Because do the math: 84 years ago – and then you get to 1939. On the eve of World War II. 9-year-old Sybil Cook received a chocolate egg from her uncle for Easter, who said: “Take care of it, girl, soon there may be no chocolate at all.”
World War II
In 1939, the fear of a major war was omnipresent, a fear that became real on September 1st with the invasion of Poland and the start of World War II.
Sybil took her uncle’s words to heart and decided to keep the egg. Throughout the war, the egg remained intact. Even in the ten years after the war, when food and sweets were still rationed in Britain, she kept a distance from them. And then what? Then I found it You don’t feel good about taking it anymoreHer daughter told the BBC.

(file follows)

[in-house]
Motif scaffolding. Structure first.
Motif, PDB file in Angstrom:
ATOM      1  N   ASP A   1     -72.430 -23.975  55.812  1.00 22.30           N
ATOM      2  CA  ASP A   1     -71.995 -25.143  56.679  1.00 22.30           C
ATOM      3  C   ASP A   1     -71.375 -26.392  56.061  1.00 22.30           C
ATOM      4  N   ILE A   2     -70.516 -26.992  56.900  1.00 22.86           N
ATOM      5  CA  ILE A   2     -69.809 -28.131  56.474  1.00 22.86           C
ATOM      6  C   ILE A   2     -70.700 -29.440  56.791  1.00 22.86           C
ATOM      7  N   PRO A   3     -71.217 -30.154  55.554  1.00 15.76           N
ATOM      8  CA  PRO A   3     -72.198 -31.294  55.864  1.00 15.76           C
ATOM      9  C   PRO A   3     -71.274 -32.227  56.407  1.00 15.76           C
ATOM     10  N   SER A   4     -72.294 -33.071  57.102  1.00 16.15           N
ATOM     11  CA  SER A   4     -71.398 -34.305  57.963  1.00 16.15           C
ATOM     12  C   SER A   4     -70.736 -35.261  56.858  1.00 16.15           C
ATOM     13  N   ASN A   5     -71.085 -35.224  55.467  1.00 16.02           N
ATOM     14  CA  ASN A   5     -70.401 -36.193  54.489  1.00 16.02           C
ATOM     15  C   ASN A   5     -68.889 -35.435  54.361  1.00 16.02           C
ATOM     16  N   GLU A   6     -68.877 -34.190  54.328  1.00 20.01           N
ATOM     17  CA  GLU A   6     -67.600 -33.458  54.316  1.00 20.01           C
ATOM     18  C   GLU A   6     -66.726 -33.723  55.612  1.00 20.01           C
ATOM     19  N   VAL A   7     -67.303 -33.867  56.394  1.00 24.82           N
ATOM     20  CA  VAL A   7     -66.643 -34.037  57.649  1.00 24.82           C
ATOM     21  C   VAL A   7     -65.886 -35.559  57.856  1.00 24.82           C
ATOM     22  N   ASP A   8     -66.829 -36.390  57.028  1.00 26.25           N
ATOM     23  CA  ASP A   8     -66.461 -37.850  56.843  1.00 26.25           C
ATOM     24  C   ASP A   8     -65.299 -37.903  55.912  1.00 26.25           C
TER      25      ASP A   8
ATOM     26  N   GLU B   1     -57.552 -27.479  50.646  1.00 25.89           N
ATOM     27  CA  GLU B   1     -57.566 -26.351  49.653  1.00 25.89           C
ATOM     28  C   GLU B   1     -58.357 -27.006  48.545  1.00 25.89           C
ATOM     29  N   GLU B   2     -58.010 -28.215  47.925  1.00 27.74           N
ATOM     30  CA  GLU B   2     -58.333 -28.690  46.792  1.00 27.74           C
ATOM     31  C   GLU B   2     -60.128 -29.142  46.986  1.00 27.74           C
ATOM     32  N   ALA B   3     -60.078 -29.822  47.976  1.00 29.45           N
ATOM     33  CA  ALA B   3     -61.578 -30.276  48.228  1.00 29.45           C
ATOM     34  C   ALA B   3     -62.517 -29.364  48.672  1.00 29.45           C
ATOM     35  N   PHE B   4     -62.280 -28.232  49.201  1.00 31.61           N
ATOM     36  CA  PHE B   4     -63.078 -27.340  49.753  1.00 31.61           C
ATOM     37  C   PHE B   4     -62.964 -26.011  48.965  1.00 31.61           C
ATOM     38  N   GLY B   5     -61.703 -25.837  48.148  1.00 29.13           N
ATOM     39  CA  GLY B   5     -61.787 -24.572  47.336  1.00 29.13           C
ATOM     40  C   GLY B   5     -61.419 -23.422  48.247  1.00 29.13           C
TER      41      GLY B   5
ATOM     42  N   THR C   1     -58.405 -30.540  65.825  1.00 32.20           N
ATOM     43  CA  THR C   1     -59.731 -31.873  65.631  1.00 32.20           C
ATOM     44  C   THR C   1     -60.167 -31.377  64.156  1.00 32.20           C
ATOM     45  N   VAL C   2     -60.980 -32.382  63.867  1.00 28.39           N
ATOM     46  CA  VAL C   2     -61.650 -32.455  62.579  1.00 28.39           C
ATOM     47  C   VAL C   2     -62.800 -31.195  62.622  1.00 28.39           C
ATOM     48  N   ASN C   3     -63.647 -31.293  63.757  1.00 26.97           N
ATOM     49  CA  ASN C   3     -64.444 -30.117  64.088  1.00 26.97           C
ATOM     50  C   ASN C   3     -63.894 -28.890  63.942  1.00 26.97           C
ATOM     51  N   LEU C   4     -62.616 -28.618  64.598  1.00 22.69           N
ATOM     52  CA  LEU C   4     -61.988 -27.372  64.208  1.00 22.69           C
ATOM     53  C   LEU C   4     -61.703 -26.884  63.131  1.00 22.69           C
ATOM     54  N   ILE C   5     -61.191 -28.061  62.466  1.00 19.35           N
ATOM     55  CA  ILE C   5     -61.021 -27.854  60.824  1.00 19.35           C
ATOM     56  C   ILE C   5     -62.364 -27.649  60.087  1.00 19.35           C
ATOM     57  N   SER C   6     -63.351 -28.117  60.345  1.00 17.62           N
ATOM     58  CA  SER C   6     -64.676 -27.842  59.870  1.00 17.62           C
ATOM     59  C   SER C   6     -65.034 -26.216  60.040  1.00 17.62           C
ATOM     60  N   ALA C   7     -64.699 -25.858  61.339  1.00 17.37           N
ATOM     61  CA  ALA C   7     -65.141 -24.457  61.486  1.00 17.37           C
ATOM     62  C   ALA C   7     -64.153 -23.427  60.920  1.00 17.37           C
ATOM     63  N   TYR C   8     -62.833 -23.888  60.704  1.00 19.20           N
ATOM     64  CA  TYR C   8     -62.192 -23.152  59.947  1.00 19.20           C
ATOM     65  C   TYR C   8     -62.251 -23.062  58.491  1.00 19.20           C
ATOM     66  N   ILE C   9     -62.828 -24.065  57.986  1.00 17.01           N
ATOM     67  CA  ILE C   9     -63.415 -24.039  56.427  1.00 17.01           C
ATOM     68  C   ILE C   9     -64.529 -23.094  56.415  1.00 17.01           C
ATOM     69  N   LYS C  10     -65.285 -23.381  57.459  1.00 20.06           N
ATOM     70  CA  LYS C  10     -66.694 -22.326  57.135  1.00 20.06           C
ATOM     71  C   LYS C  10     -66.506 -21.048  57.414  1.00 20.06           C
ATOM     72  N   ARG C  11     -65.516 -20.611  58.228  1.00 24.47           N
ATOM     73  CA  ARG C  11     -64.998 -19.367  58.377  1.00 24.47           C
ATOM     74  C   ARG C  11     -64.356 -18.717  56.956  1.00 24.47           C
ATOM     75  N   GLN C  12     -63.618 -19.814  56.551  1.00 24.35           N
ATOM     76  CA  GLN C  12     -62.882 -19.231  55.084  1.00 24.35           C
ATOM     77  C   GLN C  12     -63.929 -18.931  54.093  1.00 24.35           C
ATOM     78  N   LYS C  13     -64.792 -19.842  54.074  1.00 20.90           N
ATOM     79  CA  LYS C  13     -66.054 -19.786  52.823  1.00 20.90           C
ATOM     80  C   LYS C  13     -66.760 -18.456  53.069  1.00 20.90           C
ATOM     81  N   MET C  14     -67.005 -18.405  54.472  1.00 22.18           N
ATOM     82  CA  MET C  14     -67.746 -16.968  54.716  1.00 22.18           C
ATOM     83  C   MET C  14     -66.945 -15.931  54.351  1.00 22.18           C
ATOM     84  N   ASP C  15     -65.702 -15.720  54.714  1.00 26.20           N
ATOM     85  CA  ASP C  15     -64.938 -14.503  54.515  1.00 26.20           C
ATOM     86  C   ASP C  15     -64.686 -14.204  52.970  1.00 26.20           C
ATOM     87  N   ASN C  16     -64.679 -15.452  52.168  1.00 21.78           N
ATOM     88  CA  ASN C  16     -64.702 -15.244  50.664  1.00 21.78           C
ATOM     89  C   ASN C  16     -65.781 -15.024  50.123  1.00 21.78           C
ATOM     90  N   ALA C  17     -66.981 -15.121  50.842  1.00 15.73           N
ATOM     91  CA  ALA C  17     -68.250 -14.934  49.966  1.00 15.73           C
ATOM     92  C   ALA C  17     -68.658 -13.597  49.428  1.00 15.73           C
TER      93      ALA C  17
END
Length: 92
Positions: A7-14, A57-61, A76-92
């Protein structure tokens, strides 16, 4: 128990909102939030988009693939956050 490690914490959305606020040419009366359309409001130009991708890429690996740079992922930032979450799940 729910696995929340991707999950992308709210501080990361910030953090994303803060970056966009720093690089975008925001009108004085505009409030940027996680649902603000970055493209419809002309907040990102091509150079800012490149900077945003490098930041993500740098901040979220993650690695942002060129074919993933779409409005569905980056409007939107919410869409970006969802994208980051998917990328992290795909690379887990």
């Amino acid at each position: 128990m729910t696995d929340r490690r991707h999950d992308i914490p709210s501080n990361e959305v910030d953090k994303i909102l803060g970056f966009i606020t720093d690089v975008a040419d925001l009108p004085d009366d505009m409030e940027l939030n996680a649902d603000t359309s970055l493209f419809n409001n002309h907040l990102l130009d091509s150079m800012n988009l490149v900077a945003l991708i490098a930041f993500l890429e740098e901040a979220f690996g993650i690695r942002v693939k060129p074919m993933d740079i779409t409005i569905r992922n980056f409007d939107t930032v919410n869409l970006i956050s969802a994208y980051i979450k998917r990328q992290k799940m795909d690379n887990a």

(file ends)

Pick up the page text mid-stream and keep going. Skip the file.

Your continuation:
The egg moved in with him when Cook married and went into foster care, where Cook died in 2021 at the age of 91.
Her daughter is now putting the item up for auction in honor of her mother, who loved chocolate her whole life and loved antiques and auction shows on television. “She would love to be a part of that.”
The special egg is expected to sell for between 650 and 900 euros.
“Lifelong zombie fanatic. Hardcore web practitioner. Thinker. Music expert. Unapologetic pop culture scholar.”
New wages by age
The youngest ever central bank manager has to get Türkiye out of the monetary quagmire
Against the shortage: the Cabinet wants dental training from 6 to 5 years